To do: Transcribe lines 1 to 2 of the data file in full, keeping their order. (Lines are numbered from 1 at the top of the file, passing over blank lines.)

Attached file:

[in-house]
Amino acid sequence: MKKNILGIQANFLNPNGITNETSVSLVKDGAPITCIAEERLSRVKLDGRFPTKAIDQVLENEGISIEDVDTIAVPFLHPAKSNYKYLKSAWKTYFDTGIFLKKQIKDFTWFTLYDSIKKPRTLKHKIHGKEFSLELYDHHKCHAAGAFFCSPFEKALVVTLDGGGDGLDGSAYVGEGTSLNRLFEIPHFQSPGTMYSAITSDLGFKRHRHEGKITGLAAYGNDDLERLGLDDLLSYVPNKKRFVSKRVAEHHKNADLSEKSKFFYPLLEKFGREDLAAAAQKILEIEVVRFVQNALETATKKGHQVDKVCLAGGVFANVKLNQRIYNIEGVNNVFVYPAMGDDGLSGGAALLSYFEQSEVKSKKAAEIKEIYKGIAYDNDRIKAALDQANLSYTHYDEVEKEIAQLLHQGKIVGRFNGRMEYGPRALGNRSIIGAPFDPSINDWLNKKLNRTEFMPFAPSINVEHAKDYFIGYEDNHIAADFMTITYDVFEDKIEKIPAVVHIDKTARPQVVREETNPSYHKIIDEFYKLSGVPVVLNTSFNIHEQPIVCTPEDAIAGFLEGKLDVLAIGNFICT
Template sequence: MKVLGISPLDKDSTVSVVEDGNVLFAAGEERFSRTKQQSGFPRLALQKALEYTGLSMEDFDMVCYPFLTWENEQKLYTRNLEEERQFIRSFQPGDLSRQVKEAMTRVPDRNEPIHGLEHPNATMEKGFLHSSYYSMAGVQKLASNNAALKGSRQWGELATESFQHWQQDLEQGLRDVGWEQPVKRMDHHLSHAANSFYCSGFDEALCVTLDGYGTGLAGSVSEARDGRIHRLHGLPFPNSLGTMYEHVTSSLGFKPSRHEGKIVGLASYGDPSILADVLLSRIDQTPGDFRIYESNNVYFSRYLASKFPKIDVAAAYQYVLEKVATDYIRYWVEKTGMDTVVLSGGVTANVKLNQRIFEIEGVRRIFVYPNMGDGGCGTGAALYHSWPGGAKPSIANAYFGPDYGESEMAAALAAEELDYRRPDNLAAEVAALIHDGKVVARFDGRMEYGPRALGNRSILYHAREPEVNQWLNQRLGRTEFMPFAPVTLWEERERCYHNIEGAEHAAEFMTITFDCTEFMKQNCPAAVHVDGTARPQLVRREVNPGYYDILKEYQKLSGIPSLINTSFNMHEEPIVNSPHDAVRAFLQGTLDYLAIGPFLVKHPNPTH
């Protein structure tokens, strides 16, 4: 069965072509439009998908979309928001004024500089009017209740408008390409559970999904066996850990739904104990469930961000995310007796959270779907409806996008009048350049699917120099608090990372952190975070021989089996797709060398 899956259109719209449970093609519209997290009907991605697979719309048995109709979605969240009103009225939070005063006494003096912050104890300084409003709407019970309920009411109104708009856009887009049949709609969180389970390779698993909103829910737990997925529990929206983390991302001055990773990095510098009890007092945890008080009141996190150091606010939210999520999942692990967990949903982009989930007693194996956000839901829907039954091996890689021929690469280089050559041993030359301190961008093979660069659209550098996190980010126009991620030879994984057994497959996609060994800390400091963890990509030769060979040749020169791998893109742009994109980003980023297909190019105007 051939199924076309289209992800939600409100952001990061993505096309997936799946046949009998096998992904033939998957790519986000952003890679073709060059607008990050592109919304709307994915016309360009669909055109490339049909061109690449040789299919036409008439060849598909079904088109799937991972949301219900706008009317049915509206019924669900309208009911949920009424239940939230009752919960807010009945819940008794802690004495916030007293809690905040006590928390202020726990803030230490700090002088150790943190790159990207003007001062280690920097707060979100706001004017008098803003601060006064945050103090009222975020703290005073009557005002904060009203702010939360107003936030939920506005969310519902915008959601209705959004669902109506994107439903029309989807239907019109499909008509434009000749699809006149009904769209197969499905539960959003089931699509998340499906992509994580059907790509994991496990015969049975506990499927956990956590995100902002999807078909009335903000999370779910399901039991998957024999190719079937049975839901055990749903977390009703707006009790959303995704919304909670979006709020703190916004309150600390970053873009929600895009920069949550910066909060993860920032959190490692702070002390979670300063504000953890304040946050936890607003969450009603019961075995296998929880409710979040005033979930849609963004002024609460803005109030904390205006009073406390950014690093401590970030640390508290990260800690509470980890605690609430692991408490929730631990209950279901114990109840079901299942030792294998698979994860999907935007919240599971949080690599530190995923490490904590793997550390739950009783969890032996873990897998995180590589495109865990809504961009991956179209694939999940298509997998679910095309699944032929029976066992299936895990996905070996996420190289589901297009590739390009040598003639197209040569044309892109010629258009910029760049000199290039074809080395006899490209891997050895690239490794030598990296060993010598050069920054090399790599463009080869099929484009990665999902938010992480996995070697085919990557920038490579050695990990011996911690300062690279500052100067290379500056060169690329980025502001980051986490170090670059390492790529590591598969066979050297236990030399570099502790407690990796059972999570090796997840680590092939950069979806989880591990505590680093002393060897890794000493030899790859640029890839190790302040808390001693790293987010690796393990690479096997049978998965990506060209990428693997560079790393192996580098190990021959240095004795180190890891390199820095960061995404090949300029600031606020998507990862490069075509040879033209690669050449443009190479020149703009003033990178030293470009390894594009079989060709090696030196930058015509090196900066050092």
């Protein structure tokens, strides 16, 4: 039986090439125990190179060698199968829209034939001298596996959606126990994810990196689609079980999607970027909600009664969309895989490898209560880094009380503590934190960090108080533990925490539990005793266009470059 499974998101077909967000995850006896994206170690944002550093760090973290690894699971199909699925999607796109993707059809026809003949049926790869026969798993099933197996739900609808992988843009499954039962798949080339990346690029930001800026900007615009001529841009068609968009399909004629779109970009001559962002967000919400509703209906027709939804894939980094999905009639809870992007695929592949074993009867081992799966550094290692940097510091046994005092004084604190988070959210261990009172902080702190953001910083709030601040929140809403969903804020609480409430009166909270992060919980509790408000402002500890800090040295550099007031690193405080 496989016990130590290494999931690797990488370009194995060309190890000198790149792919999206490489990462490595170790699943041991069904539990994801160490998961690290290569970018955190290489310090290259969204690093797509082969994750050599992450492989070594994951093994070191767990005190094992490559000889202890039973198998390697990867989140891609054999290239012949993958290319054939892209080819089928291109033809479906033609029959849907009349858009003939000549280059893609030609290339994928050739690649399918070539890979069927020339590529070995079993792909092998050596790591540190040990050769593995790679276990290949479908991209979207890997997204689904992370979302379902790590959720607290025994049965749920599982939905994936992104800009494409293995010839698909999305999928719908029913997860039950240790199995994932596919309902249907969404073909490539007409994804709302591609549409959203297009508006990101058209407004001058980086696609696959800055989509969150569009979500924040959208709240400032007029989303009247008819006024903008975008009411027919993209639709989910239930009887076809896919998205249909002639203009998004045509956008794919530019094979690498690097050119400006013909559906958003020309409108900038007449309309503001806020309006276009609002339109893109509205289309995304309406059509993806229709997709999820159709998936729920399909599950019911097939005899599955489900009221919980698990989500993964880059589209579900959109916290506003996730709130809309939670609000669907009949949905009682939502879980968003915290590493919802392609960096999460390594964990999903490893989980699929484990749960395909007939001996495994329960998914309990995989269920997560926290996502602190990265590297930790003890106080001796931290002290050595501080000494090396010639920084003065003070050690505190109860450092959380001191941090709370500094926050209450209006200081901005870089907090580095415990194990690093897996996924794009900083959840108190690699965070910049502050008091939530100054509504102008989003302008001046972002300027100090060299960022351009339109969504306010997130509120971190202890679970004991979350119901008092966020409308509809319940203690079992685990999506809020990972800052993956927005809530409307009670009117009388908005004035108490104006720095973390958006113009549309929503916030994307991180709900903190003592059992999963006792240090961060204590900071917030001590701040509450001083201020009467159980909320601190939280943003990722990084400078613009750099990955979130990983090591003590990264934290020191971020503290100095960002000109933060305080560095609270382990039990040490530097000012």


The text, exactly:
[in-house]
Amino acid sequence: MKKNILGIQANFLNPNGITNETSVSLVKDGAPITCIAEERLSRVKLDGRFPTKAIDQVLENEGISIEDVDTIAVPFLHPAKSNYKYLKSAWKTYFDTGIFLKKQIKDFTWFTLYDSIKKPRTLKHKIHGKEFSLELYDHHKCHAAGAFFCSPFEKALVVTLDGGGDGLDGSAYVGEGTSLNRLFEIPHFQSPGTMYSAITSDLGFKRHRHEGKITGLAAYGNDDLERLGLDDLLSYVPNKKRFVSKRVAEHHKNADLSEKSKFFYPLLEKFGREDLAAAAQKILEIEVVRFVQNALETATKKGHQVDKVCLAGGVFANVKLNQRIYNIEGVNNVFVYPAMGDDGLSGGAALLSYFEQSEVKSKKAAEIKEIYKGIAYDNDRIKAALDQANLSYTHYDEVEKEIAQLLHQGKIVGRFNGRMEYGPRALGNRSIIGAPFDPSINDWLNKKLNRTEFMPFAPSINVEHAKDYFIGYEDNHIAADFMTITYDVFEDKIEKIPAVVHIDKTARPQVVREETNPSYHKIIDEFYKLSGVPVVLNTSFNIHEQPIVCTPEDAIAGFLEGKLDVLAIGNFICT